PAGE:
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Why stretching is extremely important for Tai Chi 

“Let’s talk about exercise-oriented stretching and bone-setting.

Every morning, in the park or by the lake, you can always see many morning exercisers bending and stretching to stretch their ligaments. This type of exercise method is well known to everyone. As long as someone wants to exercise, even without a teacher’s guidance, they will instinctively and naturally perform leg stretches and waist bends. Similarly, professional gymnasts, acrobats, dancers, etc., also consider leg stretches and waist bends as fundamental training. The purpose of this training method is to stretch the overall ligaments. The benefits include improving the flow of qi and blood in the body, achieving fitness effects, and making body movements more flexible and aesthetically pleasing. For example, gymnasts and dancers’ movements present a gentle, coordinated, and graceful visual beauty to the audience.

Now, let’s talk about Tai Chi’s stretching and bone-setting.

We all know that each martial art has different requirements for muscles and the skeleton due to its specific movement directions and technique structures. This also relates to the human body’s muscle force points, force sequence, force path, force magnitude, force direction, force speed, degree of relaxation, and force accuracy, all of which require a process of reorganization. The movement style must not only conform to the external characteristics of the form but also meet the internal requirements of energy and strength. Furthermore, there is only one correct way of organizing these elements.

So, Tai Chi’s stretching and bone-setting are different from the regular overall stretching training methods.

1. The force generation in Tai Chi is essentially a process of transforming muscle force into skeletal transmission force. Joints, ligaments, and sub-ligaments must be organized correctly according to Tai Chi’s requirements to achieve standard Tai Chi techniques. The stretching and bone-setting in Tai Chi is conducted through spiral stretching, aiming to enhance the overall rigidity of the skeletal structure and increase the rotational capacity of the sub-ligaments within the joints. This improves the range of motion, exemplifying Tai Chi’s combination of softness and hardness.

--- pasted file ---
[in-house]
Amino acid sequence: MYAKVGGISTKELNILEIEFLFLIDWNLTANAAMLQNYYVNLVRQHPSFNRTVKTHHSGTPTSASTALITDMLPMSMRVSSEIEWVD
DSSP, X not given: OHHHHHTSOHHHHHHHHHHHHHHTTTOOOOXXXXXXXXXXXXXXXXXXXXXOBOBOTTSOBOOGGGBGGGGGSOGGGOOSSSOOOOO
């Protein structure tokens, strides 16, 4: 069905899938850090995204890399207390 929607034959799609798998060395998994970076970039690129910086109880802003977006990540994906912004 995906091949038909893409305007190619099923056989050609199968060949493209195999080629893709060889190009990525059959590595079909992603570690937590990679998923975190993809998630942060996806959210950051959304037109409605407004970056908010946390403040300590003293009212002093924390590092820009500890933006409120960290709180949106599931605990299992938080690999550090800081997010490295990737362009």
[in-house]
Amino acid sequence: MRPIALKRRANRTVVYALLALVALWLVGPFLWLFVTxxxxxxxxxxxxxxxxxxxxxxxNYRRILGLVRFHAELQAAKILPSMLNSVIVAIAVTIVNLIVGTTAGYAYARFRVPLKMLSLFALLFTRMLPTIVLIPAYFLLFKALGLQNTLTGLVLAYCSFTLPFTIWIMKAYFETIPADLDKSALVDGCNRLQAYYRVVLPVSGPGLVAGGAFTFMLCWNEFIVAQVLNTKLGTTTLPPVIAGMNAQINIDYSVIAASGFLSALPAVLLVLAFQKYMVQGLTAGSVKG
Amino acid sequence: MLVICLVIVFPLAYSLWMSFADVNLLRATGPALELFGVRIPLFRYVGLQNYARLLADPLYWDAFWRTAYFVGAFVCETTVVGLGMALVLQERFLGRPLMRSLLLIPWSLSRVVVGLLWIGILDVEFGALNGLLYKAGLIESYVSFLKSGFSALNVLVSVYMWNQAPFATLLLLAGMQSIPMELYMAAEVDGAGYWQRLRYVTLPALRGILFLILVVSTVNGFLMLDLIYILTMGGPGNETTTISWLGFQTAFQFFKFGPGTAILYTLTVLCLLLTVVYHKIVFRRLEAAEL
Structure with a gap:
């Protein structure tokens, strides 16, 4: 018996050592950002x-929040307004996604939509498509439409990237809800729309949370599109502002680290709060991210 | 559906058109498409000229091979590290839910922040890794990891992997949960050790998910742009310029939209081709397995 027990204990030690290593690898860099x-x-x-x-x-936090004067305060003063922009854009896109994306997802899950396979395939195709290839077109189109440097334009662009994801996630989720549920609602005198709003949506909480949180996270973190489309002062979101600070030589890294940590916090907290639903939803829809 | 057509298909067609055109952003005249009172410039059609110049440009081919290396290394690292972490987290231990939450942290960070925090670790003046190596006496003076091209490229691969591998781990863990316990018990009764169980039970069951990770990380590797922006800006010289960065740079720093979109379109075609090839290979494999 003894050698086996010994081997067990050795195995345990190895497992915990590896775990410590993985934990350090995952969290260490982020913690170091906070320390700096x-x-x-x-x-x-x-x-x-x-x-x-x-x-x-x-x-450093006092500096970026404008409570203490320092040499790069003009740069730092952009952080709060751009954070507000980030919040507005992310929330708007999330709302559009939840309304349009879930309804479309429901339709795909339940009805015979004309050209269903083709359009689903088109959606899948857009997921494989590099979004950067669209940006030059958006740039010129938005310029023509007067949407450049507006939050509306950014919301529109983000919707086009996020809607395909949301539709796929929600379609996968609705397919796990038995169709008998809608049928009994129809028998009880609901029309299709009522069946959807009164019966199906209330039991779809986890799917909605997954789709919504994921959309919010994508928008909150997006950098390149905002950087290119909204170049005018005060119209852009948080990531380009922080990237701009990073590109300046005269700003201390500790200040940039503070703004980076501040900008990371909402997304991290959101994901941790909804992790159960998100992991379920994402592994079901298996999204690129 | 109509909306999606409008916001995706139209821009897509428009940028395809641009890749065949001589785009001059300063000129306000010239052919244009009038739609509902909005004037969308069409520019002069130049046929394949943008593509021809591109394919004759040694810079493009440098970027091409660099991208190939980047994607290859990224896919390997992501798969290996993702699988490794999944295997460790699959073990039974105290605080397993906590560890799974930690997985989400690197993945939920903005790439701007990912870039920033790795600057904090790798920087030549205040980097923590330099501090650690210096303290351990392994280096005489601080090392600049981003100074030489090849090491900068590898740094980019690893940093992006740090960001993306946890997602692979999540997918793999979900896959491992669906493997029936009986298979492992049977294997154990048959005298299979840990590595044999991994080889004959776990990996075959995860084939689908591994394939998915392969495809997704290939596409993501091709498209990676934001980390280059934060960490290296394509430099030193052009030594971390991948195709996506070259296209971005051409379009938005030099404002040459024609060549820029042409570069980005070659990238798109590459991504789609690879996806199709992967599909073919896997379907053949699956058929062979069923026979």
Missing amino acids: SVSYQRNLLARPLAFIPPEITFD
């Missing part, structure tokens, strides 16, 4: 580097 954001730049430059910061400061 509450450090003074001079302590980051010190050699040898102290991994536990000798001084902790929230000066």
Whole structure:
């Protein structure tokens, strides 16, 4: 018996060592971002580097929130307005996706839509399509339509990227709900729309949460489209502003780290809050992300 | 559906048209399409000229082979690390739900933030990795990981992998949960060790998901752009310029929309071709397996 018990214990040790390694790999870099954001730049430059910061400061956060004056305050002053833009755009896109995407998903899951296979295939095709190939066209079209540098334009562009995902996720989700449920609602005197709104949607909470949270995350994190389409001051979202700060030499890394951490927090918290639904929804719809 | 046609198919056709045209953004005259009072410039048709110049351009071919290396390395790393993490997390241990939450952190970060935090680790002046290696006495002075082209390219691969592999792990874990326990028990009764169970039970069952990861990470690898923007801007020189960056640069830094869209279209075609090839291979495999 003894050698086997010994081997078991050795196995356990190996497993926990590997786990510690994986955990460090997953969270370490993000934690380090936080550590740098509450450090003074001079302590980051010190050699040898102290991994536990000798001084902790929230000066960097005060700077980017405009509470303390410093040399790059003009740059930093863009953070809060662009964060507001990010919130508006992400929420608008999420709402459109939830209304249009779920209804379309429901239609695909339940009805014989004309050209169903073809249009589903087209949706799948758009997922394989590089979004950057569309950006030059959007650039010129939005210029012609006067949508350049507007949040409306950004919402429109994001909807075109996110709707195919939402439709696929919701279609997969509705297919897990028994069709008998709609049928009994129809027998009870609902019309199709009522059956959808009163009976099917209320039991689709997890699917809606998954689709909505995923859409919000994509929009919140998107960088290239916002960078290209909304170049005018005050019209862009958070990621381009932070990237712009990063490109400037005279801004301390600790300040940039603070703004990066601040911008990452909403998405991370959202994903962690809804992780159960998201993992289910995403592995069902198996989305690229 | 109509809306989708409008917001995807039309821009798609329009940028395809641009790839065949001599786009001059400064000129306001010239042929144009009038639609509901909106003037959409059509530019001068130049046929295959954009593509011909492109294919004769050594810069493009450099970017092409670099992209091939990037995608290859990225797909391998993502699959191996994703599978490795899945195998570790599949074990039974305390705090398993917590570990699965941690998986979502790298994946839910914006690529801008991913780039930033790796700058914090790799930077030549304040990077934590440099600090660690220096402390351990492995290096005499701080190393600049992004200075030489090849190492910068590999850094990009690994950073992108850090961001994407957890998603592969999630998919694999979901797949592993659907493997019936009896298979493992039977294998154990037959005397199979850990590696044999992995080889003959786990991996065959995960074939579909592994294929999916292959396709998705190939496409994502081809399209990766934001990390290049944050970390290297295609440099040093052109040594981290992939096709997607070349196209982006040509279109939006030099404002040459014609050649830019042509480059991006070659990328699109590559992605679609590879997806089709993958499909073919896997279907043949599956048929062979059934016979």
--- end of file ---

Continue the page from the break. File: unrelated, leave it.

2. Tai Chi’s stretching is not isolated but a complex stretching in multiple directions—front and back, left and right, up and down. In this process, some muscles actively exert force to control the expansion and twisting, while other temporarily unused muscle fibers are passively elongated. This coordinated stretching aims to elongate and stretch all muscle fibers, ligaments, and sub-ligaments. Over time, the practitioner’s muscles become soft like cotton and are completely different from what is commonly referred to as “loose” in regular Tai Chi practice. At the same time, the overall rigidity of the skeletal structure becomes stronger, and it is completely different from the scattered and loose movements often seen in conventional practice.

3. Tai Chi’s characteristic strength is the “spiral coiling power,” which arises from the prolonged twisting and stretching of the joints. This is the unique round and coiling power of Tai Chi, but currently, Tai Chi practitioners are everywhere, training the art with their bodies completely relaxed, without any emphasis on spiral stretching and bone-setting. As such, it is impossible to obtain the “round and coiling power.” True skill is achieved through hard work and cannot be developed through long-term relaxation. Even if one were to achieve some skill through relaxation, it would not be the true essence of Tai Chi; it would be a distorted version. Experienced Tai Chi experts can determine the level of a practitioner by feeling their muscles because this entire muscular structure is honed through long-term spiral stretching and bone-setting, and it cannot be faked.

Lastly, let’s discuss the fitness effect of spiral stretching and bone-setting.

In 2010, while filming the program “The Ultimate Martial Art,” we conducted several tests at the National Institute of Sports Science, among which the “joint torque” left a deep impression. Joint torque does not increase with the number of years spent practicing Tai Chi; instead, it decreases with age, highlighting the importance of regular joint training. Spiral stretching and bone-setting in Tai Chi precisely exercise the joints, promoting practitioners’ agility and lightness in movements and helping to slow down the decline of “joint torque.”

After all that has been said, it should be clear that dance-style stretching and bone-setting and Tai Chi’s stretching and bone-setting are completely different. One is unidirectional and singular, while the other is a comprehensive spiral coiling stretching in all directions. Once Tai Chi practitioners understand these two methods of stretching and bone-setting, they will avoid the pitfalls in their practice and refrain from turning Tai Chi into mere exercise.

In conclusion, the training method of Tai Chi’s stretching and bone-setting can be summed up in sixteen words: “More flexibility in mobile joints and more stability in fixed joints.” This also aligns with the essence of Chinese Tai Chi culture.”

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